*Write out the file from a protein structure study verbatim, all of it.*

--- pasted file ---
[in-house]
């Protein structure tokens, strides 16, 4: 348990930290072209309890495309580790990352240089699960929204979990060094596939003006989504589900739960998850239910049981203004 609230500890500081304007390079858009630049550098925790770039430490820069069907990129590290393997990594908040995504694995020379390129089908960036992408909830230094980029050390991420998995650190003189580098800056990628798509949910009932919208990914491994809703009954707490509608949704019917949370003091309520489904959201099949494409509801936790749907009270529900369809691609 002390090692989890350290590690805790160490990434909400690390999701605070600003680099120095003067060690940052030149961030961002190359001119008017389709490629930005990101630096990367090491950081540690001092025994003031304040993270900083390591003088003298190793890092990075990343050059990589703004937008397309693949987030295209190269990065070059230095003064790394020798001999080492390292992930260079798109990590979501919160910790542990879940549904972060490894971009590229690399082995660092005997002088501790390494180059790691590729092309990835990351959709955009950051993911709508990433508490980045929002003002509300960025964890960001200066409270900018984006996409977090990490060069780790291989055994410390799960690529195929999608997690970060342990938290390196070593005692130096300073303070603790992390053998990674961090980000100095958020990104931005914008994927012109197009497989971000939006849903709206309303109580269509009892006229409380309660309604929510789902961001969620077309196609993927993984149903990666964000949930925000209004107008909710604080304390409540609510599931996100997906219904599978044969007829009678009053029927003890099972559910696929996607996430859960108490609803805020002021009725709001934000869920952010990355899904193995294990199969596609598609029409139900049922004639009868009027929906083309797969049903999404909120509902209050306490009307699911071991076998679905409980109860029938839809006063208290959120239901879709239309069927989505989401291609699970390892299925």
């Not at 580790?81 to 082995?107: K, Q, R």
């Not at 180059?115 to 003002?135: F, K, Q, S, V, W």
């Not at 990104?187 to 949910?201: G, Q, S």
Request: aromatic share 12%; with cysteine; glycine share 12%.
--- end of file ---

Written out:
[in-house]
């Protein structure tokens, strides 16, 4: 348990930290072209309890495309580790990352240089699960929204979990060094596939003006989504589900739960998850239910049981203004 609230500890500081304007390079858009630049550098925790770039430490820069069907990129590290393997990594908040995504694995020379390129089908960036992408909830230094980029050390991420998995650190003189580098800056990628798509949910009932919208990914491994809703009954707490509608949704019917949370003091309520489904959201099949494409509801936790749907009270529900369809691609 002390090692989890350290590690805790160490990434909400690390999701605070600003680099120095003067060690940052030149961030961002190359001119008017389709490629930005990101630096990367090491950081540690001092025994003031304040993270900083390591003088003298190793890092990075990343050059990589703004937008397309693949987030295209190269990065070059230095003064790394020798001999080492390292992930260079798109990590979501919160910790542990879940549904972060490894971009590229690399082995660092005997002088501790390494180059790691590729092309990835990351959709955009950051993911709508990433508490980045929002003002509300960025964890960001200066409270900018984006996409977090990490060069780790291989055994410390799960690529195929999608997690970060342990938290390196070593005692130096300073303070603790992390053998990674961090980000100095958020990104931005914008994927012109197009497989971000939006849903709206309303109580269509009892006229409380309660309604929510789902961001969620077309196609993927993984149903990666964000949930925000209004107008909710604080304390409540609510599931996100997906219904599978044969007829009678009053029927003890099972559910696929996607996430859960108490609803805020002021009725709001934000869920952010990355899904193995294990199969596609598609029409139900049922004639009868009027929906083309797969049903999404909120509902209050306490009307699911071991076998679905409980109860029938839809006063208290959120239901879709239309069927989505989401291609699970390892299925």
């Not at 580790?81 to 082995?107: K, Q, R």
């Not at 180059?115 to 003002?135: F, K, Q, S, V, W």
């Not at 990104?187 to 949910?201: G, Q, S």
Request: aromatic share 12%; with cysteine; glycine share 12%.